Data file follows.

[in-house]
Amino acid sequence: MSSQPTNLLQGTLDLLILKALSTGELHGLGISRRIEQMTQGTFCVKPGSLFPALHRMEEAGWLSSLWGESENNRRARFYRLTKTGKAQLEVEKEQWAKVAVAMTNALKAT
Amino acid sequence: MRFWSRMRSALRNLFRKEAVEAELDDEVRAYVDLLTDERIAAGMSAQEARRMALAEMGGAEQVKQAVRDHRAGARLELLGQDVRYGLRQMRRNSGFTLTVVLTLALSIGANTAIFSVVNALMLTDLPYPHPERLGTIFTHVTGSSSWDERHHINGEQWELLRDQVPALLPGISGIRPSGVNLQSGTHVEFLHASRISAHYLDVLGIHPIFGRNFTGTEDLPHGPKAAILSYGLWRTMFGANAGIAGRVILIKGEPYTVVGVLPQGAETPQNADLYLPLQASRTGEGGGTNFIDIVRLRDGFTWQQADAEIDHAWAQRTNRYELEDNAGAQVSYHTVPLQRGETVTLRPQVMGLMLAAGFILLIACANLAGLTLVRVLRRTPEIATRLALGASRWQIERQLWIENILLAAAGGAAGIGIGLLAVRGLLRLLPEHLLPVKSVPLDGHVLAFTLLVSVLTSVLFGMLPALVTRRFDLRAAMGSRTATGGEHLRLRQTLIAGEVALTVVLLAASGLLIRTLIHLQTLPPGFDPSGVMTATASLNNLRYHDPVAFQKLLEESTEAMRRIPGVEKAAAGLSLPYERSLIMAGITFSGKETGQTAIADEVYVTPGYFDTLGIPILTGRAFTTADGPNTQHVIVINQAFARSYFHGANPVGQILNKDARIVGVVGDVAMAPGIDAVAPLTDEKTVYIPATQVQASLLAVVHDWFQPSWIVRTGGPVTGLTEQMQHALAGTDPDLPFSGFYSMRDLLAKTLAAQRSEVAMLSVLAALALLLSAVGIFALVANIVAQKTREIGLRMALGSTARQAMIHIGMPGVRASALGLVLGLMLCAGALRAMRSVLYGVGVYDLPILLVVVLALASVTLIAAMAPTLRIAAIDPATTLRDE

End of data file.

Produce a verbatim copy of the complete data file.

[in-house]
Amino acid sequence: MSSQPTNLLQGTLDLLILKALSTGELHGLGISRRIEQMTQGTFCVKPGSLFPALHRMEEAGWLSSLWGESENNRRARFYRLTKTGKAQLEVEKEQWAKVAVAMTNALKAT
Amino acid sequence: MRFWSRMRSALRNLFRKEAVEAELDDEVRAYVDLLTDERIAAGMSAQEARRMALAEMGGAEQVKQAVRDHRAGARLELLGQDVRYGLRQMRRNSGFTLTVVLTLALSIGANTAIFSVVNALMLTDLPYPHPERLGTIFTHVTGSSSWDERHHINGEQWELLRDQVPALLPGISGIRPSGVNLQSGTHVEFLHASRISAHYLDVLGIHPIFGRNFTGTEDLPHGPKAAILSYGLWRTMFGANAGIAGRVILIKGEPYTVVGVLPQGAETPQNADLYLPLQASRTGEGGGTNFIDIVRLRDGFTWQQADAEIDHAWAQRTNRYELEDNAGAQVSYHTVPLQRGETVTLRPQVMGLMLAAGFILLIACANLAGLTLVRVLRRTPEIATRLALGASRWQIERQLWIENILLAAAGGAAGIGIGLLAVRGLLRLLPEHLLPVKSVPLDGHVLAFTLLVSVLTSVLFGMLPALVTRRFDLRAAMGSRTATGGEHLRLRQTLIAGEVALTVVLLAASGLLIRTLIHLQTLPPGFDPSGVMTATASLNNLRYHDPVAFQKLLEESTEAMRRIPGVEKAAAGLSLPYERSLIMAGITFSGKETGQTAIADEVYVTPGYFDTLGIPILTGRAFTTADGPNTQHVIVINQAFARSYFHGANPVGQILNKDARIVGVVGDVAMAPGIDAVAPLTDEKTVYIPATQVQASLLAVVHDWFQPSWIVRTGGPVTGLTEQMQHALAGTDPDLPFSGFYSMRDLLAKTLAAQRSEVAMLSVLAALALLLSAVGIFALVANIVAQKTREIGLRMALGSTARQAMIHIGMPGVRASALGLVLGLMLCAGALRAMRSVLYGVGVYDLPILLVVVLALASVTLIAAMAPTLRIAAIDPATTLRDE